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What employers should know about the new General Data Protection Regulation

Employment Law News

What employers should know about the new General Data Protection Regulation

The Government has confirmed that the UK will implement the General Data Protection Regulation in May 2018. Though amendments may be made once the UK leaves the EU, employers should start making preparations now.

Whilst the UK voted to leave Europe in the 2016 referendum, on the Government’s timetable the UK will still be in the EU when the GDPR comes into force on 25 May 2018. The penalties for non-compliance can be very serious; data controllers could be fined up to €20 million or 4% of annual worldwide turnover. Therefore, there is good reason for employers to plan ahead.

Giving notice

As the Information Commissioner recognised, the GDPR gives “people greater control of their data”.

Specifically, employers need to be more transparent about how they use personal data and give employees more information about their processes. Included within that is a requirement that employers must give fuller ‘fair processing notices’.

The notices need to say in clear and concise language: (i) who the data controller and Data Protection Officer are and how to contact them; (ii) why personal data is being processed; (iii) what legitimate interest there is in processing personal data; (iv) who will receive the personal data; and (v) if the data will be transferred outside of the EEA (and if so, where).

At the point where an employer collects personal data from an employee or job applicant, another notice needs to be given to make clear: (i) how long the data will be retained for; (ii) the right to have their data deleted or modified; (iii) the right to withdraw consent to the data being processed; (iv) the right to complain to the Information Commissioner; (v) the consequences of the employee or applicant not giving the data (i.e. if there is a contractual or statutory requirement for them to do so); and (vi) if the data will be used for automated decision-making.

Employers have an obligation to ensure that their employees are aware of these details, so the best approach would be to have a separate document (i.e. not a section squirreled away in a handbook) which you ask the employee or candidate to read.

Getting consent

Having an employee or applicant’s consent is one way to process their data lawfully. However, consent under the GDPR needs to be “freely given, specific, informed and unambiguous”. That means that pre-ticked tick boxes or opt outs will not suffice.

Rather than including a term in employment contracts, employers should provide all the relevant information about data processing in a separate consent form for employees to sign up to. This places less pressure on new and existing employees and lends itself to the argument that consent was freely given.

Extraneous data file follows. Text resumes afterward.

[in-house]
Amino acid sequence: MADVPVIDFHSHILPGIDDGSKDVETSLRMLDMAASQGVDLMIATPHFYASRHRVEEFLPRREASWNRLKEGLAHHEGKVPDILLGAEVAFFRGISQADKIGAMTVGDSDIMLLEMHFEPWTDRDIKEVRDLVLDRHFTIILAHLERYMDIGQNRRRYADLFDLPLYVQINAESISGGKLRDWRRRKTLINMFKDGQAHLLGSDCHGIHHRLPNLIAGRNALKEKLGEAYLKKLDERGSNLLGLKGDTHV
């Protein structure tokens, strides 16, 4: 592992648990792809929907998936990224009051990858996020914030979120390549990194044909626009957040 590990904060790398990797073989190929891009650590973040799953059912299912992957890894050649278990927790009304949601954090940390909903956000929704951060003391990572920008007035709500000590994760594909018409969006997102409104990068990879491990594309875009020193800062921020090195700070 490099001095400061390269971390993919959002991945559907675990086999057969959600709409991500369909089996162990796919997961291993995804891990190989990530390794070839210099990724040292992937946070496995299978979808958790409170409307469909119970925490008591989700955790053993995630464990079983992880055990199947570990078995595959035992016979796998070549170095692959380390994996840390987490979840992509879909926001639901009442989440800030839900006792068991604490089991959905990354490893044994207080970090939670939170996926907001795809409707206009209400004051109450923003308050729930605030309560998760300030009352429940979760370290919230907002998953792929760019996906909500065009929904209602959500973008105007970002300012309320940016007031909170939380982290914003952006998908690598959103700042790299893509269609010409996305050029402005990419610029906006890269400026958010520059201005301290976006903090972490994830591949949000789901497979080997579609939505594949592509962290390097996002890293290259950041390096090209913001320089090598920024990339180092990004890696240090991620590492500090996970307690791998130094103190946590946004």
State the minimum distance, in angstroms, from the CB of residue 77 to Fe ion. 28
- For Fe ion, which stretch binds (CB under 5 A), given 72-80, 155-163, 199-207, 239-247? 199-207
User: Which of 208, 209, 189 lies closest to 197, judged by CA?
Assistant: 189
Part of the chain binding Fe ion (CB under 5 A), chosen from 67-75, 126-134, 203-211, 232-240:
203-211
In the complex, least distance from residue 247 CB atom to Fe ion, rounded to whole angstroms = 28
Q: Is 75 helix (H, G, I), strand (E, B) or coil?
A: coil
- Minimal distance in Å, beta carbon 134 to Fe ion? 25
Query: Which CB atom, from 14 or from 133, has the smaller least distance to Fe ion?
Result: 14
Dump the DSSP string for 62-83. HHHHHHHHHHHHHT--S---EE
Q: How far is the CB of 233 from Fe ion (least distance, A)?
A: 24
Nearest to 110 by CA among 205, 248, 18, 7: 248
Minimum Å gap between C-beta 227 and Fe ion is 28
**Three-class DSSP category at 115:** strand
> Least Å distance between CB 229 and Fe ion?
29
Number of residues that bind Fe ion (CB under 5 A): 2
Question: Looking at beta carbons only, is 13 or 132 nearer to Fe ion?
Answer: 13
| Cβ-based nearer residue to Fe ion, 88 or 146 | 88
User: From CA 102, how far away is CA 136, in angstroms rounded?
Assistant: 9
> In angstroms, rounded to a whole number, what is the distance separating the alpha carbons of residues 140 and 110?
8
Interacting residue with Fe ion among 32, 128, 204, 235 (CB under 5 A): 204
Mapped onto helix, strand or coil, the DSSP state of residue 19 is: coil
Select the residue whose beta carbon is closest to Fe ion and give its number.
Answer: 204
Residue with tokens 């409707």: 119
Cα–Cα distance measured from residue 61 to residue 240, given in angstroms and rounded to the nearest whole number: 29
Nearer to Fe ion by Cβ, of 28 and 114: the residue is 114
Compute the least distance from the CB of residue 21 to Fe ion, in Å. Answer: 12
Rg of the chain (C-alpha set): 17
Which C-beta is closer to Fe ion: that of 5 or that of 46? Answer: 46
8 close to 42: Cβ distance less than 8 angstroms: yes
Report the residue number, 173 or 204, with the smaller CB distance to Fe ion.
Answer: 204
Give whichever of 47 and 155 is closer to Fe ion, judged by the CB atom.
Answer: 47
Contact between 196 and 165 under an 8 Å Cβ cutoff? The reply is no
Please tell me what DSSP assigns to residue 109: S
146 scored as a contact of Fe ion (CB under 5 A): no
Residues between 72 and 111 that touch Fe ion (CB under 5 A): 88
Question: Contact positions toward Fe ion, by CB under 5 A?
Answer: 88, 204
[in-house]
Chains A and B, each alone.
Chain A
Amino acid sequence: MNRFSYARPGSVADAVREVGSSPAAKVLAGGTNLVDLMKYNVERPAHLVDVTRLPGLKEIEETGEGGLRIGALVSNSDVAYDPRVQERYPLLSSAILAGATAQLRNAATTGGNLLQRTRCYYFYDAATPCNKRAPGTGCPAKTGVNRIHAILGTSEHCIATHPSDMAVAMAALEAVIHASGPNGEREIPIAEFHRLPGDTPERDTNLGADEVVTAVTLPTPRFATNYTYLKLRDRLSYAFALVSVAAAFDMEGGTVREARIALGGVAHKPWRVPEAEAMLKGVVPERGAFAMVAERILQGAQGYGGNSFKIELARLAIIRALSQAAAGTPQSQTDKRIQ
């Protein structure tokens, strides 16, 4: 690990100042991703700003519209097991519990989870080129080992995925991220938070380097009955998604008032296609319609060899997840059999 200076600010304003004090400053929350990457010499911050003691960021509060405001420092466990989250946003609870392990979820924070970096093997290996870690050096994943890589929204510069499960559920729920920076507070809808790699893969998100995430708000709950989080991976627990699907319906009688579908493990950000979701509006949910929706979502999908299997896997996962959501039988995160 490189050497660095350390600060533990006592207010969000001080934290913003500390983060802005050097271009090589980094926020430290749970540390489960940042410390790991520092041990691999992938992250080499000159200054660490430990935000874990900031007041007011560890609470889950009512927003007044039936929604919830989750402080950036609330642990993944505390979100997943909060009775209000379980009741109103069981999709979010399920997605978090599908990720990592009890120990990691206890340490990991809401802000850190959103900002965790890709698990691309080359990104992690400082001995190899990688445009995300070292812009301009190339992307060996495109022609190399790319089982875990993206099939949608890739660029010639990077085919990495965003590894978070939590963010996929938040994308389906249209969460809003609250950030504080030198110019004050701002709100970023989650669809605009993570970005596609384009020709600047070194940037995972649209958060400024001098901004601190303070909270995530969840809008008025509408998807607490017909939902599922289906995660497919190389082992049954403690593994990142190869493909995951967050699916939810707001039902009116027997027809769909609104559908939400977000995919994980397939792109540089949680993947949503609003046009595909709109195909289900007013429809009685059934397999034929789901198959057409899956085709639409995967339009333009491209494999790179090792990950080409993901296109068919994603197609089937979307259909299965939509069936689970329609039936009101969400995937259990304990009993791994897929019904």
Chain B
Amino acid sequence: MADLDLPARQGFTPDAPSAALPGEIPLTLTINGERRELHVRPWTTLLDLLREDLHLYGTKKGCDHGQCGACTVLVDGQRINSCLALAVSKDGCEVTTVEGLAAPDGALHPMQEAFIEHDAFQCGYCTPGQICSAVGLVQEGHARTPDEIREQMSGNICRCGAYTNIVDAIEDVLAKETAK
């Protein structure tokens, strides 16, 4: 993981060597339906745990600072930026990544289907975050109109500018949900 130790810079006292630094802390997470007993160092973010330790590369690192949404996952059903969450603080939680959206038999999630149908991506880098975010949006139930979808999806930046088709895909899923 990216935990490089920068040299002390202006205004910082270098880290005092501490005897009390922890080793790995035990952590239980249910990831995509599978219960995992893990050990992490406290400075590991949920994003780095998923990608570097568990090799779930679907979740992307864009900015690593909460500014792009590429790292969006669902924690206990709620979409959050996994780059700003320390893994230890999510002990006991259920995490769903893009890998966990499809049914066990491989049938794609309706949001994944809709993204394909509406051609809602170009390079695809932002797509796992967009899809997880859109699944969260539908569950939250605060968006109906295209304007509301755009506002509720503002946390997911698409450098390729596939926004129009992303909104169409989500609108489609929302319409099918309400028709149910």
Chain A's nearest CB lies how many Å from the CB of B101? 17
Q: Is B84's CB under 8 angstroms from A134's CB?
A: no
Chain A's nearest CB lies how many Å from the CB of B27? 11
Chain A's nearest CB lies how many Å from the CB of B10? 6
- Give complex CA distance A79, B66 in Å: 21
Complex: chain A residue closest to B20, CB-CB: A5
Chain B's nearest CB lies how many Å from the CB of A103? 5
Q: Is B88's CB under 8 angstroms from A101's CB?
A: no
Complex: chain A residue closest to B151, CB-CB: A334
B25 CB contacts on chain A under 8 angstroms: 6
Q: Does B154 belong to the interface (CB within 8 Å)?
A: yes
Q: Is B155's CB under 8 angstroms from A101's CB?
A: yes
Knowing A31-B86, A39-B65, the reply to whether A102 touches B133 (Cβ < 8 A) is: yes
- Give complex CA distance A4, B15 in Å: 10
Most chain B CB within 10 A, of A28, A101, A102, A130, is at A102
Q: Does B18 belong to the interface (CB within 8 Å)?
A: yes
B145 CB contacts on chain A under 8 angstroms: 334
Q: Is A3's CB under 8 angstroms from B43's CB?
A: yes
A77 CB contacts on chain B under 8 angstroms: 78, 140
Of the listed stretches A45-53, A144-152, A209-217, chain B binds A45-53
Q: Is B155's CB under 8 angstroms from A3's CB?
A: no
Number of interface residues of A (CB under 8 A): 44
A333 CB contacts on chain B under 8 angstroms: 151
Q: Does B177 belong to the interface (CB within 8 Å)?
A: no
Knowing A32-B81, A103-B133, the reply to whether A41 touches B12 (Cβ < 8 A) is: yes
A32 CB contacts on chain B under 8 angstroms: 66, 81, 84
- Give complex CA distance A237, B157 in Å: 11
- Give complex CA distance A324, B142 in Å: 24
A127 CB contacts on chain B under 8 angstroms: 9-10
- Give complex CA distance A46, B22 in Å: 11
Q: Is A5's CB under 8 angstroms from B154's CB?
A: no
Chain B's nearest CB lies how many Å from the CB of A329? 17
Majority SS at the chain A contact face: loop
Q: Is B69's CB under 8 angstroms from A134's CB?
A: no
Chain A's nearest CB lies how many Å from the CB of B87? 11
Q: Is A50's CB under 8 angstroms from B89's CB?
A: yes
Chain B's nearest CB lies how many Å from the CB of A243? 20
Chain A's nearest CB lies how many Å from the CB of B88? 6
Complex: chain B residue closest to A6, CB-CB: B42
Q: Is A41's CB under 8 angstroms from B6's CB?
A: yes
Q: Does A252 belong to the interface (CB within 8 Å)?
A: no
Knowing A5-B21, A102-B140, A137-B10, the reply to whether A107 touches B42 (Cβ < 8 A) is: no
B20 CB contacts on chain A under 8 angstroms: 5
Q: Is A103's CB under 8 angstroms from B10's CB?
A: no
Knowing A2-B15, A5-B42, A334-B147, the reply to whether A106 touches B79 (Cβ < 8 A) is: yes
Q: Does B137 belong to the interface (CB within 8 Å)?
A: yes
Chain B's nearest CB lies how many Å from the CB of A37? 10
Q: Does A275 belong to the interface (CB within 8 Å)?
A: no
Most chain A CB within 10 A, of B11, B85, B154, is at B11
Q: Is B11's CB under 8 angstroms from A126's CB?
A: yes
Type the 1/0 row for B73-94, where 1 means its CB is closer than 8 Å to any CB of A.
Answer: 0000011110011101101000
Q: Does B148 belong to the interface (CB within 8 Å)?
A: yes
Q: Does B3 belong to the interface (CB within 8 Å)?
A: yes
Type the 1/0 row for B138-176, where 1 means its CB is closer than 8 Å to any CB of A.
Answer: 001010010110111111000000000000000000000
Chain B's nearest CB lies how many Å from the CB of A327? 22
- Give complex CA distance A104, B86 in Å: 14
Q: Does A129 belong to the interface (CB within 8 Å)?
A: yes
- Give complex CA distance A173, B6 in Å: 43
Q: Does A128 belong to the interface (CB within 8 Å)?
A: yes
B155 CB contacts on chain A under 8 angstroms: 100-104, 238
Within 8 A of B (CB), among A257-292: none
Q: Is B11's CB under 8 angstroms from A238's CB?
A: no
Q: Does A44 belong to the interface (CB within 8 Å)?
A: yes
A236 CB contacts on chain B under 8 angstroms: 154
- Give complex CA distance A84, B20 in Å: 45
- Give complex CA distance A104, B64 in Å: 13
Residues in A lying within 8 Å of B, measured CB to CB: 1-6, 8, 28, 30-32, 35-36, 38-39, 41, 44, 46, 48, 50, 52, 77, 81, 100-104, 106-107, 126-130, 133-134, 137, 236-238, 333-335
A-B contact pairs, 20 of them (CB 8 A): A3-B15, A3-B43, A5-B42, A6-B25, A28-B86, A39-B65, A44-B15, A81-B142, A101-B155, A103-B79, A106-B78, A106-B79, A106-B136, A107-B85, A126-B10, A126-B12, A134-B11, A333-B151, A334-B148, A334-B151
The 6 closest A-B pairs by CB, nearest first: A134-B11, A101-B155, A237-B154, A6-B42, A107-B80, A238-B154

However, there are murmurs in the EU as to whether consent can ever be freely given in an employment relationship given that employees have less bargaining power than their employers. That being so, it is worth ensuring that one of the other reasons for processing data is present. They are where processing is necessary for:

  • performance of a contract;
  • compliance with legal obligations;
  • protection of the data subject’s interests;
  • tasks in the public interest; or
  • the data controller’s legitimate interests.

In addition to writing to the employee with information about data processing, employers should have a clear policy on data protection. Employers also need to ensure that it is accessible to all staff and that they are aware of it.

Data systems

Data subjects will have the right to ask employers to delete or modify personal data held about them. Therefore, it is important that employers’ IT systems are capable of managing data easily and efficiently. It should be possible to delete data from them permanently and to place restrictions on who can access it.

Employers will also need to know how long data is stored under their system before it is automatically deleted (assuming that it is).

Data security breaches will be treated severely, so employers should ensure that data held is encrypted and kept securely. There should also be a mechanism for employers to be alerted when a breach has taken place, as there is a 72-hour deadline in which to notify the Information Commissioner.

Most employers will be familiar with the rules on data subject access requests as they stand, but the GDPR will bring changes. The deadline for response to a DSAR will be cut down to one month rather than the previous 40-day timeframe (though it can be extended to two months when necessary, employers should always aim for the shorter deadline to be on the safe side). The requirement for a fee to be paid will also be removed.

In order to ensure compliance, employers should check that their systems will permit them to complete a search within the month’s deadline; in larger companies, it may speed the process along to appoint someone specific to deal with DSARs as and when they come in.

Fundamentally, May 2018 is not as far away as it seems, particularly where changes to IT systems or HR procedures are required.

Employers should therefore start to review their systems and schedule any changes which may be necessary.

Even if Brexit happens, Parliament is unlikely to make meaningful changes to data protection laws. To do so would impede trade by conflicting with the EU’s strict rules about transferring data to countries without adequate protection.

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